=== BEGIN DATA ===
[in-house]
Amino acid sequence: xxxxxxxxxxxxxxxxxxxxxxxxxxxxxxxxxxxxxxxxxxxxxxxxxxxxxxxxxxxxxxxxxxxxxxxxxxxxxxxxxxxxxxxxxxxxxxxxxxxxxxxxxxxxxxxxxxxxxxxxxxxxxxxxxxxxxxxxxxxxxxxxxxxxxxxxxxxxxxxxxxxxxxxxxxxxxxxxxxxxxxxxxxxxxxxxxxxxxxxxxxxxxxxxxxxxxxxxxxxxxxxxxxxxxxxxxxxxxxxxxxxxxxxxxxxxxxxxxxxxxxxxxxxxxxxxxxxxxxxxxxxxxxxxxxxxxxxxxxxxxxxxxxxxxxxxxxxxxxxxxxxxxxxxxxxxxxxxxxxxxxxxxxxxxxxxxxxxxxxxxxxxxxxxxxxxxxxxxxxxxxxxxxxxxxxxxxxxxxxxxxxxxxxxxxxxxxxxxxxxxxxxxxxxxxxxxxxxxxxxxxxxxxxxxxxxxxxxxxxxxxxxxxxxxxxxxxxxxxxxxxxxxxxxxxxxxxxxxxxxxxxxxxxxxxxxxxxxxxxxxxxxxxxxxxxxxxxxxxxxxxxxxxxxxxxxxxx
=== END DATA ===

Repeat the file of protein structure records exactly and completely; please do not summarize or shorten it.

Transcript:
[in-house]
Amino acid sequence: xxxxxxxxxxxxxxxxxxxxxxxxxxxxxxxxxxxxxxxxxxxxxxxxxxxxxxxxxxxxxxxxxxxxxxxxxxxxxxxxxxxxxxxxxxxxxxxxxxxxxxxxxxxxxxxxxxxxxxxxxxxxxxxxxxxxxxxxxxxxxxxxxxxxxxxxxxxxxxxxxxxxxxxxxxxxxxxxxxxxxxxxxxxxxxxxxxxxxxxxxxxxxxxxxxxxxxxxxxxxxxxxxxxxxxxxxxxxxxxxxxxxxxxxxxxxxxxxxxxxxxxxxxxxxxxxxxxxxxxxxxxxxxxxxxxxxxxxxxxxxxxxxxxxxxxxxxxxxxxxxxxxxxxxxxxxxxxxxxxxxxxxxxxxxxxxxxxxxxxxxxxxxxxxxxxxxxxxxxxxxxxxxxxxxxxxxxxxxxxxxxxxxxxxxxxxxxxxxxxxxxxxxxxxxxxxxxxxxxxxxxxxxxxxxxxxxxxxxxxxxxxxxxxxxxxxxxxxxxxxxxxxxxxxxxxxxxxxxxxxxxxxxxxxxxxxxxxxxxxxxxxxxxxxxxxxxxxxxxxxxxxxxxxxxxxxxxx